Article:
Fig. 1.19 shows a more general situation, with a body of arbitrary shape. However, Archimedes’ law still holds since the body can be decomposed into an infinitely large number of vertical rectangular parallelepipeds or “boxes” of infinitesimally small cross-sectional area dA. The effect for one box is then summed or “integrated” over all the boxes and again gives the net upward buoyant force as the weight of the liquid displaced.


Fig. 1.19 Buoyancy force for an arbitrary shape.

Example 1.7—Application of Archimedes’ Law

Consider the situation in Fig. E1.7(a), in which a barrel rests on a raft that floats in a swimming pool. The barrel is then pushed off the raft and may either float or sink, depending on its contents and hence its mass. The cross-hatching shows the volumes of water that are displaced. For each of the cases shown in Fig. E1.7 (b) and (c), determine whether the water level in the pool will rise, fall, or remain constant, relative to the initial level in (a).


Fig. E1.7 Raft and barrel in swimming pool: (a) initial positions, (b) light barrel rolls off and floats, (c) heavy barrel rolls off and sinks. The cross-hatching shows volumes below the surface of the water.


Initial state. Let the masses of the raft and barrel be Mr and Mb, respectively. If the volume of displaced water is initially V in (a), Archimedes’ law requires that the total weight of the raft and barrel equals the weight of the displaced water, whose density is ρ:


Barrel floats. If the barrel floats, as in (b), with submerged volumes of Vr and Vb for the raft and barrel, respectively, Archimedes’ law may be applied to the raft and barrel separately:


Addition of the two equations (E1.7.2) and comparison with Eqn. (E1.7.1) shows that:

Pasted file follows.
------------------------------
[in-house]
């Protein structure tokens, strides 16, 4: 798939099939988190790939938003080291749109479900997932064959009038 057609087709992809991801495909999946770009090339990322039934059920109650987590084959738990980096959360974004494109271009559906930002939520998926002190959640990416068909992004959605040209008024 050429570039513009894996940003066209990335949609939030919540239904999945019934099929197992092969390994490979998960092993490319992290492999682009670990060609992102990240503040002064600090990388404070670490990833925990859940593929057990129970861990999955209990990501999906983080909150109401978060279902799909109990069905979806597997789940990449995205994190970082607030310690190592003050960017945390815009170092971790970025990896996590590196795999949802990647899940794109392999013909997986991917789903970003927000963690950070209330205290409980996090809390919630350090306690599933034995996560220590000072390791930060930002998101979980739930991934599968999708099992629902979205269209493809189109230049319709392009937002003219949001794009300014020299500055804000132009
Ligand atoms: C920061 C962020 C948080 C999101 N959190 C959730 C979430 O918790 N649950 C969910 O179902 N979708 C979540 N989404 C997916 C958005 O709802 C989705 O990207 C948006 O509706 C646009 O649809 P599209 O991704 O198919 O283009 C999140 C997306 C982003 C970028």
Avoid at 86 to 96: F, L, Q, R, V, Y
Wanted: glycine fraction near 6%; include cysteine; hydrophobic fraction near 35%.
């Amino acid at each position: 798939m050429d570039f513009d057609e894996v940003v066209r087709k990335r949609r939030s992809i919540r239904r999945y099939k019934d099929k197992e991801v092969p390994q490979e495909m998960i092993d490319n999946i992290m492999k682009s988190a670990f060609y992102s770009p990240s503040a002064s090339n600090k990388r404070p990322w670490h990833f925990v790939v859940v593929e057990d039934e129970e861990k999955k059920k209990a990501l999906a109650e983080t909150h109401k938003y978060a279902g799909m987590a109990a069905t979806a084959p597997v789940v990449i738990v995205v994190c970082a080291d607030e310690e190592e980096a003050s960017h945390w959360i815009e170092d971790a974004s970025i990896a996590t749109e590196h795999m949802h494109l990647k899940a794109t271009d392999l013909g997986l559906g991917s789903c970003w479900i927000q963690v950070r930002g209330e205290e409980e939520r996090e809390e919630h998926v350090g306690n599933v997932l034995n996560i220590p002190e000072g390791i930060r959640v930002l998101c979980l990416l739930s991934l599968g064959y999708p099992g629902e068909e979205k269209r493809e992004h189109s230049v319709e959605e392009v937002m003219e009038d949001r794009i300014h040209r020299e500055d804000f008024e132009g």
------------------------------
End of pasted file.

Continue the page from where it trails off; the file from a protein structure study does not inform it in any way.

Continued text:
Therefore, since the volume of the water is constant, and the total displaced volume does not change, the level of the surface also remains unchanged.

Barrel sinks. Archimedes’ law may still be applied to the raft, but the weight of the water displaced by the barrel no longer suffices to support the weight of the barrel, so that:


Addition of the two relations in (E1.7.4) and comparison with Eqn. (E1.7.1) shows that:


Therefore, since the volume of the water in the pool is constant, and the total displaced volume is reduced, the level of the surface falls. This result is perhaps contrary to intuition: since the whole volume of the barrel is submerged in (c), it might be thought that the water level will rise above that in (b). However, because the barrel must be heavy in order to sink, the load on the raft and hence Vr are substantially reduced, so that the total displaced volume is also reduced.

This problem illustrates the need for a complete analysis rather than jumping to a possibly erroneous conclusion.